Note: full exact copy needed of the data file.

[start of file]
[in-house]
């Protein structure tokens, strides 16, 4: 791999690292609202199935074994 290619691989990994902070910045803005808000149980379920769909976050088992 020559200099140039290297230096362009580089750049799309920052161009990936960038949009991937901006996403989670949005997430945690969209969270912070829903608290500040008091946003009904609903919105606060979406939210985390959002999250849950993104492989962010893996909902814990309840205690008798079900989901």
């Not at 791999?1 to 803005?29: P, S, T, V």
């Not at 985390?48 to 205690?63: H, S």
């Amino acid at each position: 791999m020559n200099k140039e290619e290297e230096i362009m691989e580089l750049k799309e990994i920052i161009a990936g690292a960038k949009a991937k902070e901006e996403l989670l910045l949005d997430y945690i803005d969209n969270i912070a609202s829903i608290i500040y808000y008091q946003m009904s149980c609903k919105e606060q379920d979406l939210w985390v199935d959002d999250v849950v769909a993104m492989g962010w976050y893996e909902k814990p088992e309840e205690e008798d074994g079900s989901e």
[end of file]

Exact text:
[in-house]
């Protein structure tokens, strides 16, 4: 791999690292609202199935074994 290619691989990994902070910045803005808000149980379920769909976050088992 020559200099140039290297230096362009580089750049799309920052161009990936960038949009991937901006996403989670949005997430945690969209969270912070829903608290500040008091946003009904609903919105606060979406939210985390959002999250849950993104492989962010893996909902814990309840205690008798079900989901």
């Not at 791999?1 to 803005?29: P, S, T, V």
């Not at 985390?48 to 205690?63: H, S």
């Amino acid at each position: 791999m020559n200099k140039e290619e290297e230096i362009m691989e580089l750049k799309e990994i920052i161009a990936g690292a960038k949009a991937k902070e901006e996403l989670l910045l949005d997430y945690i803005d969209n969270i912070a609202s829903i608290i500040y808000y008091q946003m009904s149980c609903k919105e606060q379920d979406l939210w985390v199935d959002d999250v849950v769909a993104m492989g962010w976050y893996e909902k814990p088992e309840e205690e008798d074994g079900s989901e």